Boulder Approves Ordinance to Create Police Oversight Committee

Boulder City Council approved an ordinance last night that helps establish a police oversight panel. The panel is supposed to help fix transparency and accountability, but as KGNU’s Roz Brown reports, not everyone thinks it will improve relations between police and the community.

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A reformed police oversight committee was initiated after a 2019 incident between a Black Naropa University student and a police officer. The incident drew national attention and outraged many local residents who felt it was an example of racial profiling.  Since then, a community group worked for more than a year to design an ordinance and encouraged the hiring of the city’s first independent police monitor. Councilmember Aaron Brocket weighed-in at last night’s virtual city council meeting, calling it a new day for policing in Boulder.

“I’ll just note that the monitor and this oversight committee are independent of the police department and will function as a separate entity, so it’s a good set of checks and balances,” said Brockett.

But not everyone agrees with Brockett. During the public hearing, Misha Toor argued that the committee is not a progressive solution.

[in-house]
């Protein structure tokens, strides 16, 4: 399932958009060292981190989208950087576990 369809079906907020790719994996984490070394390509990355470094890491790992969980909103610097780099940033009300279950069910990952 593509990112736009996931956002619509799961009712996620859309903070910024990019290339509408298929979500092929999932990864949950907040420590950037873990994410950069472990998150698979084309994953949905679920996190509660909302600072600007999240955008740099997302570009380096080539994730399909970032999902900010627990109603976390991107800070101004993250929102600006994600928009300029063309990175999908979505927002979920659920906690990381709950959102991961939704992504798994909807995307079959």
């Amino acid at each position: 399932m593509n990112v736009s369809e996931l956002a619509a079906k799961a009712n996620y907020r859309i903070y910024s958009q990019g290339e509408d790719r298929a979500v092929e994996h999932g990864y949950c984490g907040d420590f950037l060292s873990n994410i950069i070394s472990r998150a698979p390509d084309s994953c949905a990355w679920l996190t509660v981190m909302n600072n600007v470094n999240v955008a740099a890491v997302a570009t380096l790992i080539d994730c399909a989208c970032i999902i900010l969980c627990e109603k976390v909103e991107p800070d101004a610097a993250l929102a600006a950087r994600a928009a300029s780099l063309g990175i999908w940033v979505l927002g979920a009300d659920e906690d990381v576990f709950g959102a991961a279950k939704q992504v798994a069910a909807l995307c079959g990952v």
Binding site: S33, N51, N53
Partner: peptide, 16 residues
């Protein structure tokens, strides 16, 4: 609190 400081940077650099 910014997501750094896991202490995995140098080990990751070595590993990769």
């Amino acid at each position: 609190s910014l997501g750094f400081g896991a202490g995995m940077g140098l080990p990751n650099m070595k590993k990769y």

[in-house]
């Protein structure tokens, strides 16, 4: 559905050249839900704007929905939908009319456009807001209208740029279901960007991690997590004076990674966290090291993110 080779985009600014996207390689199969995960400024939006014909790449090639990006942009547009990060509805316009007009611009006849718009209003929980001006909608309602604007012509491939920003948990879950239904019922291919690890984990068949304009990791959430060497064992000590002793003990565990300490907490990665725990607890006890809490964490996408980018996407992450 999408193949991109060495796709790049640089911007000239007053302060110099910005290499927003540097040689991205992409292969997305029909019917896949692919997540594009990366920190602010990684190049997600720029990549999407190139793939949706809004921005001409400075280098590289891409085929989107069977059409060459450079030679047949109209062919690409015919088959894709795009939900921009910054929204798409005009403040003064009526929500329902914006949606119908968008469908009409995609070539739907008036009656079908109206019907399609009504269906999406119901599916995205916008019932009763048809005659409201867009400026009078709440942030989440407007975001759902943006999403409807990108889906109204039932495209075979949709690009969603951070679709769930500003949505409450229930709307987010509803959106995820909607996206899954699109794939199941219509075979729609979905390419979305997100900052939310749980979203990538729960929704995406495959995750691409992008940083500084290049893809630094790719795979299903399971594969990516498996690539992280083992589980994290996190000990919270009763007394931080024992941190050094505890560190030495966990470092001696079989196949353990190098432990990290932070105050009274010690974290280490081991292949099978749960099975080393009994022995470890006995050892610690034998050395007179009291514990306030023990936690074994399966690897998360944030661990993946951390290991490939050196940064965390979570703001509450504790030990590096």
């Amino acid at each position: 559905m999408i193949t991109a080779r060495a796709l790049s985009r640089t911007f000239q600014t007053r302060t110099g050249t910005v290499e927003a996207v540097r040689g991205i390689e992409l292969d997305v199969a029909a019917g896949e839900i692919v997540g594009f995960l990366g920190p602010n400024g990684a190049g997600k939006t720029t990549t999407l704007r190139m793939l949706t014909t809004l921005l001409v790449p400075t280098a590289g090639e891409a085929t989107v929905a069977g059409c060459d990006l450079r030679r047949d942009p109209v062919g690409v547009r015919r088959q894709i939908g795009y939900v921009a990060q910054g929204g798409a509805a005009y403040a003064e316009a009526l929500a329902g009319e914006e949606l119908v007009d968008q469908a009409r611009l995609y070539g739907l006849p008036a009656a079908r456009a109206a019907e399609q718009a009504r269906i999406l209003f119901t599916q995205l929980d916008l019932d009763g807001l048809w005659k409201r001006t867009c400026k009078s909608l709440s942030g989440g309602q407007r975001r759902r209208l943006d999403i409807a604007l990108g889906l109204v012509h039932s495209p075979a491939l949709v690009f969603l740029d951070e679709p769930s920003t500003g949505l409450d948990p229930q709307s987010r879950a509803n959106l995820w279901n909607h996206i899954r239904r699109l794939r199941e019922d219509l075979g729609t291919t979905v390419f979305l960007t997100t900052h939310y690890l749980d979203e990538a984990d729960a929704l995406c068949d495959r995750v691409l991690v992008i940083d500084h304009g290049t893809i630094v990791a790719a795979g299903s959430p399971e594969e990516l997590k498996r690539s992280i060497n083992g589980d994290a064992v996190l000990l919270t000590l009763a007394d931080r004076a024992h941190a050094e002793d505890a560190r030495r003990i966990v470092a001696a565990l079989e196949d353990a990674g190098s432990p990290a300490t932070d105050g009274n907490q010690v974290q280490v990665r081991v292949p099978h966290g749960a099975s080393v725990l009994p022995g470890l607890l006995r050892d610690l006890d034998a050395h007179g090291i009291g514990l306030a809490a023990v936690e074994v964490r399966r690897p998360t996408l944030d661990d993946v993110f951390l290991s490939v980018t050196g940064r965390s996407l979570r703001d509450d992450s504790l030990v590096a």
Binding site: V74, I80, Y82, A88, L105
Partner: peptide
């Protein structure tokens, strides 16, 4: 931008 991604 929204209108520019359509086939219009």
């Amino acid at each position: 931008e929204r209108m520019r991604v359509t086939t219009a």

“You’re allowing the cops to investigate themselves and decide how to reform themselves,” said Toor.  “I hope you see the irony here – at best this committee will be useless, at worst it paints a anti-racist veneer over a deeply racist, violent occupying force.”

Marcos Ospina noted that Boulder’s Chief of Police would have the final say on any disciplinary action following a citizen complaint.

“If the city council gets the final say on who serves on this panel, then the panel’s legitimacy is a stillbirth,” argued Ospina. “Boulder City Council has repeatedly sided with the police department on issues of covert and overt violence, especially against the un-housed community through sweeps.”

In the case of the Naropa student, Boulder determined the officer violated department policy, but an independent review found no evidence of racial profiling and the officer was allowed to resign with a city severance package.